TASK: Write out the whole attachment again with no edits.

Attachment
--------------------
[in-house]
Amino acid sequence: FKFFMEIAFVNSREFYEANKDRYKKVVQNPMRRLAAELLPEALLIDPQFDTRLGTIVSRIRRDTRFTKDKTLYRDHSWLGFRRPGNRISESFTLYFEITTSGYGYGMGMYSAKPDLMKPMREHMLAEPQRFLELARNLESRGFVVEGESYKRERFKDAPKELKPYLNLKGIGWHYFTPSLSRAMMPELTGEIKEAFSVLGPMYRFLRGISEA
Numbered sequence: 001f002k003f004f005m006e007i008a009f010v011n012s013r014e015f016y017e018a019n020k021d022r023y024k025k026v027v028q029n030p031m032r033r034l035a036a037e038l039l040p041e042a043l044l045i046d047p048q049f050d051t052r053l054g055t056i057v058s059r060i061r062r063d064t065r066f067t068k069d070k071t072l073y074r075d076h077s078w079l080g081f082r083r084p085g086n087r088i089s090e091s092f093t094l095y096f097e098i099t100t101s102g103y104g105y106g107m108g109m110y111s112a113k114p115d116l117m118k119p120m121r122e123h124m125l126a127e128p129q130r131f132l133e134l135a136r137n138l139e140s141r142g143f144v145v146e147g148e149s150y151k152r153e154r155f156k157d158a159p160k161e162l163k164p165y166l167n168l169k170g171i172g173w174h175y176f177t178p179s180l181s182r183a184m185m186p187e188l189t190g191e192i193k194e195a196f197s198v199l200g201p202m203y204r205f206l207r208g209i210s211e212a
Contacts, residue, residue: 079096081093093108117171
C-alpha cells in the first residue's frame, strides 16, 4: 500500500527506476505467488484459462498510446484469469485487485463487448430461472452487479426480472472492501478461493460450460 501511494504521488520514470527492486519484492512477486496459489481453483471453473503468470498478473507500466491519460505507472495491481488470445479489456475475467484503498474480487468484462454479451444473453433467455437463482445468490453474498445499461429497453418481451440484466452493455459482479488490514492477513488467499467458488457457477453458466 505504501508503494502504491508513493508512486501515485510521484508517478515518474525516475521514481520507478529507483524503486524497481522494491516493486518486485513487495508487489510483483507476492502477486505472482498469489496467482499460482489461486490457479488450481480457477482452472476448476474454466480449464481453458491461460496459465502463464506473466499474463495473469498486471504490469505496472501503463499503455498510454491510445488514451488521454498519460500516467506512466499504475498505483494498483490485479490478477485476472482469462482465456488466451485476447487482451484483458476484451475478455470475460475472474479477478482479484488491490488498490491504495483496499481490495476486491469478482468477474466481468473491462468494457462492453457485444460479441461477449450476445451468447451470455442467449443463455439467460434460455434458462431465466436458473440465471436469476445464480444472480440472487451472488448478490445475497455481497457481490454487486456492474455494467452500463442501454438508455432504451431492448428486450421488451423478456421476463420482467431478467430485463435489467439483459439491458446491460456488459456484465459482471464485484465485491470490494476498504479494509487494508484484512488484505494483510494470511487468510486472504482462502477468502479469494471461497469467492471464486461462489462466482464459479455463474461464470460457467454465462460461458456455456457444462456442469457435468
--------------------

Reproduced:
[in-house]
Amino acid sequence: FKFFMEIAFVNSREFYEANKDRYKKVVQNPMRRLAAELLPEALLIDPQFDTRLGTIVSRIRRDTRFTKDKTLYRDHSWLGFRRPGNRISESFTLYFEITTSGYGYGMGMYSAKPDLMKPMREHMLAEPQRFLELARNLESRGFVVEGESYKRERFKDAPKELKPYLNLKGIGWHYFTPSLSRAMMPELTGEIKEAFSVLGPMYRFLRGISEA
Numbered sequence: 001f002k003f004f005m006e007i008a009f010v011n012s013r014e015f016y017e018a019n020k021d022r023y024k025k026v027v028q029n030p031m032r033r034l035a036a037e038l039l040p041e042a043l044l045i046d047p048q049f050d051t052r053l054g055t056i057v058s059r060i061r062r063d064t065r066f067t068k069d070k071t072l073y074r075d076h077s078w079l080g081f082r083r084p085g086n087r088i089s090e091s092f093t094l095y096f097e098i099t100t101s102g103y104g105y106g107m108g109m110y111s112a113k114p115d116l117m118k119p120m121r122e123h124m125l126a127e128p129q130r131f132l133e134l135a136r137n138l139e140s141r142g143f144v145v146e147g148e149s150y151k152r153e154r155f156k157d158a159p160k161e162l163k164p165y166l167n168l169k170g171i172g173w174h175y176f177t178p179s180l181s182r183a184m185m186p187e188l189t190g191e192i193k194e195a196f197s198v199l200g201p202m203y204r205f206l207r208g209i210s211e212a
Contacts, residue, residue: 079096081093093108117171
C-alpha cells in the first residue's frame, strides 16, 4: 500500500527506476505467488484459462498510446484469469485487485463487448430461472452487479426480472472492501478461493460450460 501511494504521488520514470527492486519484492512477486496459489481453483471453473503468470498478473507500466491519460505507472495491481488470445479489456475475467484503498474480487468484462454479451444473453433467455437463482445468490453474498445499461429497453418481451440484466452493455459482479488490514492477513488467499467458488457457477453458466 505504501508503494502504491508513493508512486501515485510521484508517478515518474525516475521514481520507478529507483524503486524497481522494491516493486518486485513487495508487489510483483507476492502477486505472482498469489496467482499460482489461486490457479488450481480457477482452472476448476474454466480449464481453458491461460496459465502463464506473466499474463495473469498486471504490469505496472501503463499503455498510454491510445488514451488521454498519460500516467506512466499504475498505483494498483490485479490478477485476472482469462482465456488466451485476447487482451484483458476484451475478455470475460475472474479477478482479484488491490488498490491504495483496499481490495476486491469478482468477474466481468473491462468494457462492453457485444460479441461477449450476445451468447451470455442467449443463455439467460434460455434458462431465466436458473440465471436469476445464480444472480440472487451472488448478490445475497455481497457481490454487486456492474455494467452500463442501454438508455432504451431492448428486450421488451423478456421476463420482467431478467430485463435489467439483459439491458446491460456488459456484465459482471464485484465485491470490494476498504479494509487494508484484512488484505494483510494470511487468510486472504482462502477468502479469494471461497469467492471464486461462489462466482464459479455463474461464470460457467454465462460461458456455456457444462456442469457435468